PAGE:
Retail showing signs of increasing investor sentiment

Opportunities exist where capital, rental values and expectations have been rebased

 

In 2014 the sale of retail portfolios and retail schemes heavily influenced the investment market statistics. Five years on and the sector’s turnover has declined year on year. There was an exception in 2016 when retail investment transactions reached €2.27 billion (52 per cent of overall turnover) helped by the sales of both the Blanchardstown and Liffey Valley shopping centres. Less than €700 million traded in 2017 (32 per cent of turnover), while 2018 saw just over €500 million (14 per cent of turnover). The first three quarters of 2019 saw the numbers down again to 11 per cent of turnover or just under €350million.

Having said that, the spend per quarter during 2019 was strong in quarter one at € 186 million or 31 per cent of overall turnover. This was driven mainly by two transactions, the sale of 7-9 Henry Street, a prime asset let to Next and acquired by DWS for €44 million which was an initial yield of approximately 3.65 per cent, and the €71 million sale to Irish Life of a 25 per cent interest in the Pavilions Shopping Centre in Swords for an initial return of 4.9 per cent.

Most prolific

The second quarter saw just €40 million (9 per cent of turnover) traded of which the sale of Castle West Shopping Centre in Ballincollig, Cork made up around €19million. This was acquired by Davy Real Estate, the most prolific buyers of retail investments in 2019, who will obtain an initial return of just under 10 per cent.

After a quiet third quarter, where retail accounted for just 4 per cent of turnover, there has been a significant uptake in transactions.

Most of these were underway in advance of the stamp duty increase introduced in the Budget.

Sales completed or in train include – St Stephen’s Green shopping centre which is reportedly being acquired by a fund managed by Davy Real Estate for €185 million, Golden Island shopping centre in Athlone, which again is being acquired by Davy Real Estate for around €35million (a return of 8.5 per cent), and the Tesco supermarket in Gorey, Co Wexford being acquired by French Fund Corum for just under€21million (a return of 7 per cent).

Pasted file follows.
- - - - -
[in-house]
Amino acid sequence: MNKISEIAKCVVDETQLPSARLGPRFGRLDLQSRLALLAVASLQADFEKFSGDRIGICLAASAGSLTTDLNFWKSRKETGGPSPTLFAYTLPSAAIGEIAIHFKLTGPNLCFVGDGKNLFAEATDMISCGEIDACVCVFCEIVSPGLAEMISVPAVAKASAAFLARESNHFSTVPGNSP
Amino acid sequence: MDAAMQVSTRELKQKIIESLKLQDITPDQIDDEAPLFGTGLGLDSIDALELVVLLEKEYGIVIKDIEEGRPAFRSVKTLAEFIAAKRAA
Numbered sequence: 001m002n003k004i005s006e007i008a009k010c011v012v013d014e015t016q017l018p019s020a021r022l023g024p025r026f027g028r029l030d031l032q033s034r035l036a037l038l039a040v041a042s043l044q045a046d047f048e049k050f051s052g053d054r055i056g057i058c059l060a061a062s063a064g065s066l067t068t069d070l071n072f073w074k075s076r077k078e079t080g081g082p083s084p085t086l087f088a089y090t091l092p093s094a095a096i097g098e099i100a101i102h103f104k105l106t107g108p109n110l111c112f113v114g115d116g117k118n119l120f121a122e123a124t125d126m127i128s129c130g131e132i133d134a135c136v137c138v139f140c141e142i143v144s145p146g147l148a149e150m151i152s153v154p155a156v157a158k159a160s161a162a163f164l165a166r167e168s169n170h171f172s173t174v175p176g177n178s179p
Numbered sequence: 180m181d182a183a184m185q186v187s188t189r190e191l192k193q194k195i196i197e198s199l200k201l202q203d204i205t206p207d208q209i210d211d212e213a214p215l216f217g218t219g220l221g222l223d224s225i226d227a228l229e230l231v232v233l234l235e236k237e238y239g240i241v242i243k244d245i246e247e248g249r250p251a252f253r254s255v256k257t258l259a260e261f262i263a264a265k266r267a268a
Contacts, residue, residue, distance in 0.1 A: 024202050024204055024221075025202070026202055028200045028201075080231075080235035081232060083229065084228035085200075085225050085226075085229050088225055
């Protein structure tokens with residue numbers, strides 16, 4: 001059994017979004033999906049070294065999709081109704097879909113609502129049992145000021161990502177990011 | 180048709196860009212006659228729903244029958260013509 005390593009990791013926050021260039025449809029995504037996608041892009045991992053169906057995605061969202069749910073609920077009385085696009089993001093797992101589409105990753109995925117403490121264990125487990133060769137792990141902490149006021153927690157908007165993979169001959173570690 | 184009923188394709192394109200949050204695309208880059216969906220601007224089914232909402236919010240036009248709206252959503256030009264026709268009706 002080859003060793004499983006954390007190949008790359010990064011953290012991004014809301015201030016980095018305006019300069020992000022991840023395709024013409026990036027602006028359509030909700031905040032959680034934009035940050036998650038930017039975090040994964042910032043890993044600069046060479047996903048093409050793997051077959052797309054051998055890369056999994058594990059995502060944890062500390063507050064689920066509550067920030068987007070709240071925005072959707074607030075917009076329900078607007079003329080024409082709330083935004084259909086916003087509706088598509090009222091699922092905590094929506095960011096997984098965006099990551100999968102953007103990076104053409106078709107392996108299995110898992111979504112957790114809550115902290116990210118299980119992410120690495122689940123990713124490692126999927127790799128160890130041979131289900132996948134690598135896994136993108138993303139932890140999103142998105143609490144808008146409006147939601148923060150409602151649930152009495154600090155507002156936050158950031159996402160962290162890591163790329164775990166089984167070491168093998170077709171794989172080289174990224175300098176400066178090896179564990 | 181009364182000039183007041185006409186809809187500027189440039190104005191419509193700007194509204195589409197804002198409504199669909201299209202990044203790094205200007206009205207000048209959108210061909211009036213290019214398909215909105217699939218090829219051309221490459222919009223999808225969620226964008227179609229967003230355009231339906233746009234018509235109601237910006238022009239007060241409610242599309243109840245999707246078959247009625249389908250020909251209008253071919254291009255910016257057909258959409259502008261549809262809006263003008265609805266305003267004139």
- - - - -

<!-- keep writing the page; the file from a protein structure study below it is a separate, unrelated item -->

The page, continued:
The acquisition by Cantor Fitzgerald of Blackwater Retail Park in Navan for €18.5million meanwhile provides them with a return of 8.75 per cent. These deals together with some other transactions close to completion will add up to over €300million for the quarter which will bring the turnover for the year to around €650million, a 30 per cent increase over last year.

Turning tide?

So is the tide starting to turn in terms of retail investment activity? While the retail sector at occupier level still survives on the shifting sands of e-commerce, investor sentiment is certainly improving. MSCI 3rd quarter results illustrate that retail vacancy rates are at record lows. The outlook for the key consumer economy indicators such as unemployment, employment, population growth, and consumer spending are all positive. Obviously, the impact of Brexit will be a negative and this will hurt consumer spending in certain areas of the country. Therefore, investors will be location and sector sensitive.

While it is unlikely that a new retail cycle has started within the retail sector, we can see some good opportunities, where both capital and rental values, and expectations have been rebased. Investors will be attracted by the strong initial yields on offer and retail schemes that have demonstrated a resilience and continue to offer a retail mix that attracts consumers.

Strong rationale

There are other areas of the retail market worth focusing on. TWM research produced during the year has illustrated a strong rationale for investment in certain retail asset types such as supermarkets for their defensive qualities and retail warehousing in sustainable schemes. Our in-house research, has examined the correlation between the sales of household goods and a number of key economic drivers. For all these categories of goods, the correlation is very strong with both the level of employment and house completions.

Sean O Neill is a director with TWM, a specialist real estate advisory with offices in Dublin and Galway